Straight Camera Motion Path

I am trying to create a motion path that starts as a curve but ends in a straight line but haven't been able to solve it.  Enclosed is an image with the desired path and and image of the path create by hitfilm with three key frame positions.  Is there any way to make a line segment between two key frames straight?


  • Triem23
    Triem23 Posts: 20,070 Ambassador
    Use multiple points to control your camera. Based on your picture, I'm going to use X and Y axis for this explaination.
    So--create two new points for your camera. Name the one you're currently using "Camera Pivot Point." Put your camera at frame 1 and kill it's animation--we're going to rebuild it.
    Name one of the points "Camera X" Name the last point "Camera Y." Make sure all three points are in the same position. Parent "Camera Pivot" to "Camera X" and parent "Camera X" to "Camera Y."
    Ok, so, now, based on your curves above, you want the camera to go right, then up. Left-right is X axis, of course, and up-down is Y axis.
    So... you're going to animate each axis with it's own point. Let's say this is a 10 second shot and you want the camera to basically go right for three seconds, then up and right for four seconds and straight up for three seconds.
    go to frame 1. Turn on Position keyframing for Camera X and Y.
    go to second 3--create a keyframe for Camera Y and move Camera X to the right.
    go to second 7--move Camera X to the point where the curve ends and create a keyframe.
    got to last frame--Move Camera Y to the point where the dolly ends.
    Now... If you get this concept of using a different point for each axis of movement, then you can start to finesse things and get really good camera moves that you just can't get with one point: By splitting the control you don't have to have the x and y moves start on the same frame, and you can use different interpolation curves on each axis, which lets you build up much more realistc and dynamic moves.
  • Jeroni
    Jeroni Posts: 38
    Thank you Michael,
    That made a huge difference.  I guess I will never key frame camera location again!
  • Triem23
    Triem23 Posts: 20,070 Ambassador
    You're welcome:
    To expand on this technique a bit, I often add MORE points to a camera rig:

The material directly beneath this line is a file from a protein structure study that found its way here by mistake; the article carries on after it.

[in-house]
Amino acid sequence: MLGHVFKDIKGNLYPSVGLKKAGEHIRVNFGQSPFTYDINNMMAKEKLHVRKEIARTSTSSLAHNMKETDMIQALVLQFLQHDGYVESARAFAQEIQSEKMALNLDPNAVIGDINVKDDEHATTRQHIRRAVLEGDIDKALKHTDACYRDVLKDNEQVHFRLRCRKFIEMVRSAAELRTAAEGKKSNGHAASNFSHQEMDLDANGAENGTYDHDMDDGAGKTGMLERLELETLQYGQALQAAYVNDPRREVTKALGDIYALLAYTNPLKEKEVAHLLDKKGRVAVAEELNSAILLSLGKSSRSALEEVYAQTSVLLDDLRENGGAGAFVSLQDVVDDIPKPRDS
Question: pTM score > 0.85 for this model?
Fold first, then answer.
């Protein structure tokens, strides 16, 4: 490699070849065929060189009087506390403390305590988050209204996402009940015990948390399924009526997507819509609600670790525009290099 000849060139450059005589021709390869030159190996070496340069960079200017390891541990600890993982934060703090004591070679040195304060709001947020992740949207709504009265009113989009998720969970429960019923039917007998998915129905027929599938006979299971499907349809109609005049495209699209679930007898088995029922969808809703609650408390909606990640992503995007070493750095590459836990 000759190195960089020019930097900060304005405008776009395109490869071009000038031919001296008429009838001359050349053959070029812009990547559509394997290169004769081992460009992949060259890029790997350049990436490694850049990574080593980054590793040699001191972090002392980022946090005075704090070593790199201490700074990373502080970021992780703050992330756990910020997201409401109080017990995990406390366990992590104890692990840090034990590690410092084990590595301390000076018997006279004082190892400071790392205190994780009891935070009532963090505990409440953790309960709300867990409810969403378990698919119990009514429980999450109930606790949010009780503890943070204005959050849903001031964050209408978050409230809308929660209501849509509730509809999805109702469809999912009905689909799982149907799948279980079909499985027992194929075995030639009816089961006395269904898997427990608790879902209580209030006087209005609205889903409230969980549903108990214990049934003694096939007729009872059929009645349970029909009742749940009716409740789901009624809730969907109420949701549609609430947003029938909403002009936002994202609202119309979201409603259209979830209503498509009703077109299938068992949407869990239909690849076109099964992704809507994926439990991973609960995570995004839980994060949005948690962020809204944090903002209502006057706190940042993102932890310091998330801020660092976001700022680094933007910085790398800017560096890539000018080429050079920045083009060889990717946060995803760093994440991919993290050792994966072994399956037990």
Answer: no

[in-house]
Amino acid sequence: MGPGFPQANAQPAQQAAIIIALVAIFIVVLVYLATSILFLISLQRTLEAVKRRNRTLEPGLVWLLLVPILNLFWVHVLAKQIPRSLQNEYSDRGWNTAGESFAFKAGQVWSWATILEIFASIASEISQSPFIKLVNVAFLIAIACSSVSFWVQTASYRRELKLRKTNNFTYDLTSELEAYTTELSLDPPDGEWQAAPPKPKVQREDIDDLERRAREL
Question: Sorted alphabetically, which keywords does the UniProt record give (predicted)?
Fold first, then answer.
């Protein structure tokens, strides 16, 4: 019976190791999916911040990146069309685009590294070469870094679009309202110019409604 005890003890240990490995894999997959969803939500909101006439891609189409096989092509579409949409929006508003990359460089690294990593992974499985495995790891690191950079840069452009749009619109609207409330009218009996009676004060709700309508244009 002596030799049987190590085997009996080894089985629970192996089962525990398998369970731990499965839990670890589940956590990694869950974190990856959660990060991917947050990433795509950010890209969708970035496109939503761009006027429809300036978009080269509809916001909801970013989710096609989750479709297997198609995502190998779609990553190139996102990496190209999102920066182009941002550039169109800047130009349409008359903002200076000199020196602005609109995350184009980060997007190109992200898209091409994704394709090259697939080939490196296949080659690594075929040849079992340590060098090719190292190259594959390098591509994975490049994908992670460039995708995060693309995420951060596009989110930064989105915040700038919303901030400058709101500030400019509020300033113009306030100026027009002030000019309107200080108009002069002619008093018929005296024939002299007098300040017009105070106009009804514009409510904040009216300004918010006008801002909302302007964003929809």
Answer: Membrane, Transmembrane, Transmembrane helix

So--My camera is usually parented to a point I call "Camera Tilt." Camera Tilt represent the head of a virtual tripod. Specifically, the joint to look up and down. "Camera Tilt" is parented to "Camera Pan." "Camera Pan." represents the part of the tripod head that lets the camera turn from side to side. Splitting these into two points makes my camera behave a lot more like it's on a tripod. (Hitfilm always interprets rotation in the order of X, then Y then Z, But a camera on a tripod is going to rotate Y first, then X.) "Camera Pan" is then connected to whatever my camera move points are (If the camera is staying on a plane, like a camera moving on dolly tacks, I need two move points--X and Z. If may camera is moving on multiple planes, like a crane shot or a free moving camera I might need X Y and Z.)
    And, just to get super-fancy, let's take a look at this picture.
    So--that's a cam on a tripod--as you can see the parts of the tripod that tilt and pan are several inches away from te body of the camera. If you rotate the Hitfilm camera, it rotates around the "nodal point." of the lens. (The "nodal point" is the actual focal point of the lens, more or less.) But, as you can see from the picture, most camera mounts DON'T rotate around the nodal point....
    Therefore, if you take the "Camera Pan" and "Camera Tilt" points and put them a little bit behind and a bit more below the camera position, when you pan and tilt your Hitfilm camera, you'll get that little bit of movement drift a real camera would have, which will make your CG camera moves feel more realistic.
    The only thing I ever directly animat on the actual camera is Z rotation. Everything else is part of a point rig. As you discovered, it takes longer to set up this kind of rig, but you get better camera moves.